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Molar restoration

From: Dr. Kwan To: Sent: Wednesday, May 12, 2010 9:47 AM Subject: Molar restoration Upper and lower molars are multi-root teeth, it make sense to support a large mandiblular molar restoration with 2 or 3 implants for a large maxillary molar - Kwan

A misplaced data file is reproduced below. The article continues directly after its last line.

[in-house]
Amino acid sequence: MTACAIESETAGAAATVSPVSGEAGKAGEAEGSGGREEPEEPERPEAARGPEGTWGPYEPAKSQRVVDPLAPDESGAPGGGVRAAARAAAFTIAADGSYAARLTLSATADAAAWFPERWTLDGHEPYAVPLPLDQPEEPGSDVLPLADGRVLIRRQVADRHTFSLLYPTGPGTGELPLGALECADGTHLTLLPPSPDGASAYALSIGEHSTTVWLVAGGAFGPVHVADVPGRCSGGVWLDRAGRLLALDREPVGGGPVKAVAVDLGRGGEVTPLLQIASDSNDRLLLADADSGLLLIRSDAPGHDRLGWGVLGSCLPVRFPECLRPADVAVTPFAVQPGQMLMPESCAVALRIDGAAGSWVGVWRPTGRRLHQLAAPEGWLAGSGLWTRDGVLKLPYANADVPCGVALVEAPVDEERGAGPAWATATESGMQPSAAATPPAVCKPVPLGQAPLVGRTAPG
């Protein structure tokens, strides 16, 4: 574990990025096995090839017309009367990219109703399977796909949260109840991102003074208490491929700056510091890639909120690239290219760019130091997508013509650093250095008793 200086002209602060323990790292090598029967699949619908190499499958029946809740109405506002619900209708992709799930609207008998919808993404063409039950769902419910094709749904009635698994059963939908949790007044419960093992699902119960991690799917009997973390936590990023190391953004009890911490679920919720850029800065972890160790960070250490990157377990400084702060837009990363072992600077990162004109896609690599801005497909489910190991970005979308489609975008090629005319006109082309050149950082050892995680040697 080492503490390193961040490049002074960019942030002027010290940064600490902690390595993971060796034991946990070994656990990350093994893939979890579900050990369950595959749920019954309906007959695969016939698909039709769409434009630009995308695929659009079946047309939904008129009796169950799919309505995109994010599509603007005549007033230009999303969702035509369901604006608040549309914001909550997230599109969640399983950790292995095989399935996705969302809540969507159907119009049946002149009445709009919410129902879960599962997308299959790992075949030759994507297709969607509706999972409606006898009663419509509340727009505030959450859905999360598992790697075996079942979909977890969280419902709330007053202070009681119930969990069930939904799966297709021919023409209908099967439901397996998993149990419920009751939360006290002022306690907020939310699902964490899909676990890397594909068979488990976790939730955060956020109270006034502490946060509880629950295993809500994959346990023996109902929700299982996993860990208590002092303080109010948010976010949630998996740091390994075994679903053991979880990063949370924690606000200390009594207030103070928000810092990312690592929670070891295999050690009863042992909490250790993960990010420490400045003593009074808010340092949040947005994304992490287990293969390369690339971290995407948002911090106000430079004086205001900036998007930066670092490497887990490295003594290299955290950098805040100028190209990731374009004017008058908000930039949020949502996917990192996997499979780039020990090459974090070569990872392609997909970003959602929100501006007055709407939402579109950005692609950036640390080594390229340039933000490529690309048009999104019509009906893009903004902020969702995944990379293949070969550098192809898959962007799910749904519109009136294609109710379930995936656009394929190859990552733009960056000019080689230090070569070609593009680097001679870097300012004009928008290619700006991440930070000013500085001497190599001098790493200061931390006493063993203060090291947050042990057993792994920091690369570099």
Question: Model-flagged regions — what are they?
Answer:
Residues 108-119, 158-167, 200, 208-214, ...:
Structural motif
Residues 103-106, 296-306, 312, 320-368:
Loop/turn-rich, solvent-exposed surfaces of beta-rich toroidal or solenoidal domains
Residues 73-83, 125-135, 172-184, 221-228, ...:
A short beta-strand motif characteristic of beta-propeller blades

Dr Kwan, with all do respect. that thought went out the window in the early 90's. Dr O. Bahat in Beverly Hills i think has the world record (tongue in cheek) for most implants in a case, was routinely placing 2 for a mand molar and 3 for a max molar. this is no longer done. the maintenance isssues and loss of inter-implant bone due to proximity issues being the formost concerns a savvy surgeon will have - Dwayne Dr. Karateew, Yes, you are correct, 2 implants supporting a molar is no longer done, as a matter of fact, it was rarely done. I think the main reasons was 2 regular size implants are too big for average molar space and the restorative nightmare for the abutments being so close together and they are usually at the back of the mouth, so we really did not have enough cases to look into the "maintenance issue" or data to suggest there are loss of inter-implant bone due to the splinting of crowns between implants. I do not remember Dr. O Bahat to have the most implants in one case nor his 2 implants molar concept, he certainly was known to me as the creator of the "anatomical Abutments" in the 90's for Sterio-oss then the whole industry caught on like 3i , NBC etc., immediately all the implant catalogs increased by at least half a kg, just imagine, 28 teeth, different sizes at $250 each, and they hired many opinion leaders to speak on the importance of emergence profile, esthetics and all the likes....that was probably the fore-father of the concept of Custom abutments manufacturer like Atlantis, but now it is $450 a pop. I mentioned this because over the years I have seen different products and treatment fashions promoted by many different leaders in implant dentistry supported by the big implant companies, and then become "Passť" like in the Fashion industry. If our treatment decisions are dependent on what is in fashion then our patients will suffer, because the implant companies have to forever differentiate their products in order to sell. I am sure all molar restorations supported by wide diameter implants, single implants or even mini-implants are doing fine and have no problems, no bone loss, no fractures, no screw loosening etc. etc. but the fact remains when we look at the 2 implant supported molar crown, it make a lot of common sense for long term support,.and the last time I look at a pericapical x-ray of a natural mandibular molar it has mesial and distal roots. - Norman ah, i agree the trifecta on a max molar is passe and not a good biologic idea, but i would disagree that the use of two mandibular implants is no longer done. in fact, on some molars that are very wide m/d, it may be preferred to one single centrally placed fixture with long arms extended mesially and distally. for sure it is not done as nearly as often as we once did, but i for one still give it at least passing consideration in my differential treatment planning - Gary

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